Rhythm for Life

Rhythm for Life was supported by the Esmée Fairbairn Foundation (2010-12) and aimed to enhance wellbeing among older adults through making music. The project facilitated creative music opportunities for over 100 older adults in west London, all of which were delivered by current or past RCM students.

The effects of participation were monitored throughout to inform how learning music can support mental wellbeing. Drawing on standardised questionnaires completed by both music learners and a comparison group, the project demonstrated that learning in older adulthood offers significant wellbeing benefits, with learning music particularly enhancing health-promoting behaviours. In-depth interviews with a subset of participants from the music group indicated that learning music in older adulthood can enhance wellbeing through six mechanisms: subjective experiences of pleasure, enhanced social interactions, musically-nuanced engagement in day-to-day life, fulfilment of musical ambition, ability to make music, and self-satisfaction through musical progress.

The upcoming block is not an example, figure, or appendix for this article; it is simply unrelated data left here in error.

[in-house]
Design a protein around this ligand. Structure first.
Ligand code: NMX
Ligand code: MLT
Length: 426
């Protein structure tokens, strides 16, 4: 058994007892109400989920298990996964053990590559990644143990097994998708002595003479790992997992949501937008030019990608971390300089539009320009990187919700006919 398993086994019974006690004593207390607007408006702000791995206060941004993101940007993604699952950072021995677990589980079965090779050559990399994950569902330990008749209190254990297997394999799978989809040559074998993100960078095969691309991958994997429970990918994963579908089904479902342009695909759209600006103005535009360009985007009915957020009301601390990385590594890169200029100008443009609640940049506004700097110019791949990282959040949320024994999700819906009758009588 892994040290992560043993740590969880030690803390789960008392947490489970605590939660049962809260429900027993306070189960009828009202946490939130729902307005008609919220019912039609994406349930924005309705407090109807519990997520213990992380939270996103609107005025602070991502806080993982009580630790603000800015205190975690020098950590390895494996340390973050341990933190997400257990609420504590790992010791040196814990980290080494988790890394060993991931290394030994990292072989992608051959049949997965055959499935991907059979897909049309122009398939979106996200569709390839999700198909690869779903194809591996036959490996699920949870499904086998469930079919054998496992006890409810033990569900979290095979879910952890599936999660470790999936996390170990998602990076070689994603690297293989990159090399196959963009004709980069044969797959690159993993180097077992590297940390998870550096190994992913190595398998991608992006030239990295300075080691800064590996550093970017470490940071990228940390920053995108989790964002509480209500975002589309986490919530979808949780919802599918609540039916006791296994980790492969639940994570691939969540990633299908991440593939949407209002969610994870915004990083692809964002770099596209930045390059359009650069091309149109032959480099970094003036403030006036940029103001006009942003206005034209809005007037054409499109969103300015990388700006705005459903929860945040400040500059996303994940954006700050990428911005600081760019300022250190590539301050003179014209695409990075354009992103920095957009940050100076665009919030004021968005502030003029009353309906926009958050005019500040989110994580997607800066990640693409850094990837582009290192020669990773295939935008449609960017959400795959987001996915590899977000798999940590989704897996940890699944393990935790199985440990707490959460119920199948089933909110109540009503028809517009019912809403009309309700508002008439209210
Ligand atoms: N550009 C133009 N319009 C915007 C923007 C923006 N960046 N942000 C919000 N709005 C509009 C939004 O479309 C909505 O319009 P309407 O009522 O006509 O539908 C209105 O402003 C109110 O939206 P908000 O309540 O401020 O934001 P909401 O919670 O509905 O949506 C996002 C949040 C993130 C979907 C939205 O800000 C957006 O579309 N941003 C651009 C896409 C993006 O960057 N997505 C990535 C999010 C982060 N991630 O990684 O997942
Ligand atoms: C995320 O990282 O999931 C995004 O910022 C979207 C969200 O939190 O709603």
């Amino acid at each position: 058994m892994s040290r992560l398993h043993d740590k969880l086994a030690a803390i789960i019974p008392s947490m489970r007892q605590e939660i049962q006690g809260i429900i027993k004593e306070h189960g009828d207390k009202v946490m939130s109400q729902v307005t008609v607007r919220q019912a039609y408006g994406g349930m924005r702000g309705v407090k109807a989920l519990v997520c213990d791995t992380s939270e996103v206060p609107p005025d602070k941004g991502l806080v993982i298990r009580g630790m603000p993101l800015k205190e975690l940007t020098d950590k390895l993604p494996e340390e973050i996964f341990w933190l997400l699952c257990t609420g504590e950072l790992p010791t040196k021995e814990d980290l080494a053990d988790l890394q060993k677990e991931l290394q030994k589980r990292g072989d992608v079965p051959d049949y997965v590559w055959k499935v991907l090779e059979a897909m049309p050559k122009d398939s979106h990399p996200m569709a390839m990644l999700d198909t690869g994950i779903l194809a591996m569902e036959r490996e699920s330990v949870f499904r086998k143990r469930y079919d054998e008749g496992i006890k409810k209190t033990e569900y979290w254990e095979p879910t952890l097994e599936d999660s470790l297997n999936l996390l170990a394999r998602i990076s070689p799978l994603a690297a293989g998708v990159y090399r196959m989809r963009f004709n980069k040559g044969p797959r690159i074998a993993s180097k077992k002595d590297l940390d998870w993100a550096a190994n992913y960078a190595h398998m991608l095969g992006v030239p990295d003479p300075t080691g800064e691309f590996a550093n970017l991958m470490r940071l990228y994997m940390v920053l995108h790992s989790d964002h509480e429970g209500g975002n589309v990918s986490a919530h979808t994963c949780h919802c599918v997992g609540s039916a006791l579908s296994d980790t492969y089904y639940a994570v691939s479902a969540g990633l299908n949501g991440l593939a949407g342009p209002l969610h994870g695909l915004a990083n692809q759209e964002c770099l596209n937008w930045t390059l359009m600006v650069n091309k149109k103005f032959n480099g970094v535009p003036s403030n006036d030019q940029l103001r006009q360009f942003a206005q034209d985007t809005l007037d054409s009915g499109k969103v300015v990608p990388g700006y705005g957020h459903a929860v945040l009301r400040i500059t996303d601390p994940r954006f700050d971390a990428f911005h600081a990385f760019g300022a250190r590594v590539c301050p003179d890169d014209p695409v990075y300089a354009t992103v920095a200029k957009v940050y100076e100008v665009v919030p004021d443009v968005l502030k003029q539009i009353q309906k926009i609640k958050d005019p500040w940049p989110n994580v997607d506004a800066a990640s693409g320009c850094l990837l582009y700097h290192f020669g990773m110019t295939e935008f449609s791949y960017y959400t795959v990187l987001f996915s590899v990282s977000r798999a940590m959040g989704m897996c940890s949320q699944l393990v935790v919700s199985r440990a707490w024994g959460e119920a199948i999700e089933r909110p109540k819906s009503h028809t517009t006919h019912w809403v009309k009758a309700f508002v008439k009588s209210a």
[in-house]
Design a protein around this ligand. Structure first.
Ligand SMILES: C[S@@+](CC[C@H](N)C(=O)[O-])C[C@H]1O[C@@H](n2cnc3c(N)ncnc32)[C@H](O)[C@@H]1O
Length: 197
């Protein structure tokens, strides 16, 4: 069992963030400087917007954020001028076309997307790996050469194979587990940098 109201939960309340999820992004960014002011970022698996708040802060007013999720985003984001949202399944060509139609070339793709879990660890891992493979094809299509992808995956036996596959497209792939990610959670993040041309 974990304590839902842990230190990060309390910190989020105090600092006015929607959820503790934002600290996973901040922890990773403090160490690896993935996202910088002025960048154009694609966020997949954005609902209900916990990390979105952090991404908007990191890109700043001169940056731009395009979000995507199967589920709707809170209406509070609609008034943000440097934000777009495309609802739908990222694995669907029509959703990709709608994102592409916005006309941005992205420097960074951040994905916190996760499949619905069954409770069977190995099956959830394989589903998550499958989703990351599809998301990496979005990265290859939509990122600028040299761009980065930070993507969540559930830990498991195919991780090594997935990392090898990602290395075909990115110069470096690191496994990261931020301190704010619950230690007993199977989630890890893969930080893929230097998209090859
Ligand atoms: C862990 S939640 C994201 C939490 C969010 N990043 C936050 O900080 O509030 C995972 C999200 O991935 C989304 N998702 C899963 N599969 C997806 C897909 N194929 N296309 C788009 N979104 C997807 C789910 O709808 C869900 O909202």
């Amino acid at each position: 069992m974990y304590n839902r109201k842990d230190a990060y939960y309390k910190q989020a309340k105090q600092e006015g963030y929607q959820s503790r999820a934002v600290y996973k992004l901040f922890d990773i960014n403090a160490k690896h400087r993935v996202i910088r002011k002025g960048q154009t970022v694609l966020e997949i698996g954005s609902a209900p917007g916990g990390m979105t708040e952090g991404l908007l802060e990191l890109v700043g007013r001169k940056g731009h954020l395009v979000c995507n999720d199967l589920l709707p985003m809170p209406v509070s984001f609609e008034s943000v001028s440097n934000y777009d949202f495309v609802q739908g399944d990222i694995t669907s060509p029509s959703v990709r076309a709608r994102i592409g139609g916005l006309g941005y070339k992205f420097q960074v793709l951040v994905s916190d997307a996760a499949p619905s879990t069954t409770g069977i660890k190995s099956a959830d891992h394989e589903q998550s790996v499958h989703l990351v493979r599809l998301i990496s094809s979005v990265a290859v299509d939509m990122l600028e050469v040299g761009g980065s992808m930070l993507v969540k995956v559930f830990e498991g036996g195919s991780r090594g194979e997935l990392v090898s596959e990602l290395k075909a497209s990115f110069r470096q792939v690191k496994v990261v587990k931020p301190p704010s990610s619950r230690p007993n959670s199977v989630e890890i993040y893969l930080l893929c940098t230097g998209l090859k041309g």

Recognising that little is known of what musicians themselves learn when they teach older adults, questionnaires, diaries, and video-stimulated recall interviews ascertained that student-teachers involved in the project reformulated the ways in which they thought about and taught older adult learners, and they developed skills and knowledge relevant to a wide range of educational contexts.

Rhythm for Life provided the groundwork for much of the CPS’s research into Music, Health and Wellbeing, and further investigation of the effects of musical participation on the health of older adults has continued with the Art for Ages project.

Project team

Aaron Williamon, RCM (PI)
Rosie Perkins, RCM

Partner 

University of the Third Age

Supported by

Esmée Fairbairn Foundation
(2010-12)

Learn more

Burt-Perkins R & Williamon A (2011), ‘I kind of get lost in it’: experiences of learning to perform music in older adulthood, in A Williamon, D Edwards, and L Bartel (eds.), Proceedings of the International Symposium on Performance Science 2011 (pp. 305-310), European Association of Conservatoires (AEC).

Perkins R, Aufegger L, & Williamon A (2015), Learning through teaching: exploring what conservatoire students learn from teaching beginner older adults, International Journal of Music Education, 33, 80-90 [DOI].

Perkins R & Williamon A (2014), Learning to make music in older adulthood: a mixed-methods exploration of impacts on wellbeing, Psychology of Music, 42, 550-567 [DOI] [VIDEO].